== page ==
The Trump Effect: What does it mean for Natural Gas Production?

by Matthew Mattingly

Love him or hate him, Donald Trump is officially the President of the United States and he is not taking long to put his campaign promises into action. Immigration, border walls, trans-pacific partnership and transgender bathrooms are just a few of the items that have been discussed or placed in executive orders. It’s been a whirlwind start to the presidency and I haven’t even brought up the words Russia or Putin; that topic can get a little ‘Spicey.’

One campaign promise that didn’t take long to put into action is Trump’s energy policy. His energy policy included many items such as lifting drilling restrictions, drilling more (federal and offshore), creating more energy jobs and becoming less dependent on foreign oil (the latter being a promise seemingly made by every presidential candidate of the last 50 years). However, his first move on energy was an executive action to advance the approval of two recently stalled pipelines. Both the Dakota Access (which would transport oil from the Bakken Shale) and the Keystone XL (which would transport oil from Alberta oil sands to the refineries on the Gulf Coast) are now back on the table after heavy scrutiny from environmental organizations.

The Dakota Access and Keystone XL pipeline projects are big news for oil producers, but will Trump have the same impact on natural gas production? That question is tough to answer because there are many variables that affect the natural gas industry. In regards to natural gas drilling itself, there is not much red tape that needs to be cut. Many know former President Obama for the “War on Coal” and automatically assume his policies were a “War on ALL Fossil Fuels” altogether. However, President Obama was actually a strong advocate for natural gas and the fracking industry. His administration viewed the resource as a “bridge” (don’t use that term in front of an environmentalist), moving away from coal generation to more renewable resources. Therefore, there are not many natural gas regulations in place for Trump to supersede, and the ones that are in place, should not have much impact on current operations. For example, the Regulation of Hydraulic Fracturing on Federal and Land primarily only affects the land in seven western states, where 98% of hydraulic fracturing operations take place on federal lands. The majority of natural gas fracking is taking place in Ohio, Pennsylvania and Texas and these states would hardly be impacted by the federal land regulation.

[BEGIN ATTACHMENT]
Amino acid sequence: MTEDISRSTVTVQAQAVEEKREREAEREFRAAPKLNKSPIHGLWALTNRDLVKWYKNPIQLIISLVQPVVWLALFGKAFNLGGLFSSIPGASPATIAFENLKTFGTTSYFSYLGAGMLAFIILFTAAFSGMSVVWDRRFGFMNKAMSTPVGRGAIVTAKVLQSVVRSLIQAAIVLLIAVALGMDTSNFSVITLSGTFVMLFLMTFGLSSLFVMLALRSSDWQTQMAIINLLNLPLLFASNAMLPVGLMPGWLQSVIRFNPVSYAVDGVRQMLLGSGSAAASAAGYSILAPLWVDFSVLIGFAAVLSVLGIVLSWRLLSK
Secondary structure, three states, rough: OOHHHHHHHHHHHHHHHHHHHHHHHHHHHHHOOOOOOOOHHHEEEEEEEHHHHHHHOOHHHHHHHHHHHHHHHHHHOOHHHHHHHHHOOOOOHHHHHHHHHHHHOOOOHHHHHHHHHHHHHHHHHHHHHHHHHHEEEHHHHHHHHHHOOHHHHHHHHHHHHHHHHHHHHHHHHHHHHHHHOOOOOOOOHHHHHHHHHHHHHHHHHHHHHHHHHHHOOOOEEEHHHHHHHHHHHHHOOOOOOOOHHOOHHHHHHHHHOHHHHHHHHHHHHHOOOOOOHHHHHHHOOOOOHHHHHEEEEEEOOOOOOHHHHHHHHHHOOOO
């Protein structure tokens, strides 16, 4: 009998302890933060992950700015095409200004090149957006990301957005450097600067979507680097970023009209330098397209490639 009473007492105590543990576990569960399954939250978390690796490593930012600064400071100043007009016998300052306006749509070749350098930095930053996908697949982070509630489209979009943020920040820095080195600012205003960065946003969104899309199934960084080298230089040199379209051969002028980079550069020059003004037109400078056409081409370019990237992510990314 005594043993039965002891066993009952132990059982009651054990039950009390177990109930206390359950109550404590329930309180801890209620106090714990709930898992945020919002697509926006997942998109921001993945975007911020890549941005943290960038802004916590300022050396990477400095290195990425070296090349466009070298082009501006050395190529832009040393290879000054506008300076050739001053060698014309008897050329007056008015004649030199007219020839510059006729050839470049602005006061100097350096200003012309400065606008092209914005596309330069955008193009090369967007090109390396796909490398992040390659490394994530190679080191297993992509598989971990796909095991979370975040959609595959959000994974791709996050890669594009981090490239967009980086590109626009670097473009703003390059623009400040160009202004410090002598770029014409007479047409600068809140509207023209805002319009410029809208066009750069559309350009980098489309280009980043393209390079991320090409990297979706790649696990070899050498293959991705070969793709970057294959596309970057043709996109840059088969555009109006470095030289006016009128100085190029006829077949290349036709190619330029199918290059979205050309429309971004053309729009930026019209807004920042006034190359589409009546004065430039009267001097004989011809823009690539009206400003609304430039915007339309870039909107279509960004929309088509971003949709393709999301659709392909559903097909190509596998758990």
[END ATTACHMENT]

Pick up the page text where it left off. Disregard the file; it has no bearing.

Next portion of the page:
While there are not many regulations directed toward the natural gas industry, changes to Obama’s other regulations against the coal industry could indirectly affect natural gas. These regulations include:

  • Clean Power Plan
  • Cross-State Air Pollution Rule (CSAPR)
  • Mercury and Air Toxics Standards (MATS)

These regulations all could be on the chopping block. If so, it could delay or even prevent the closure of many coal generation plants that are expected to retire in the coming years. The majority of the coal generators that are earmarked for retirement are expected to be replaced by mainly natural gas generation. As a result, the life of coal generation has a significant impact for natural gas demand in the coming years.

***The “Trump Effect,” in regards to natural gas, is discussed in further detail in the latest Bulls & Bears Report provided by Choice Energy Services. The Bulls & Bears is where you can find the latest data and information effecting the NYMEX natural gas market.***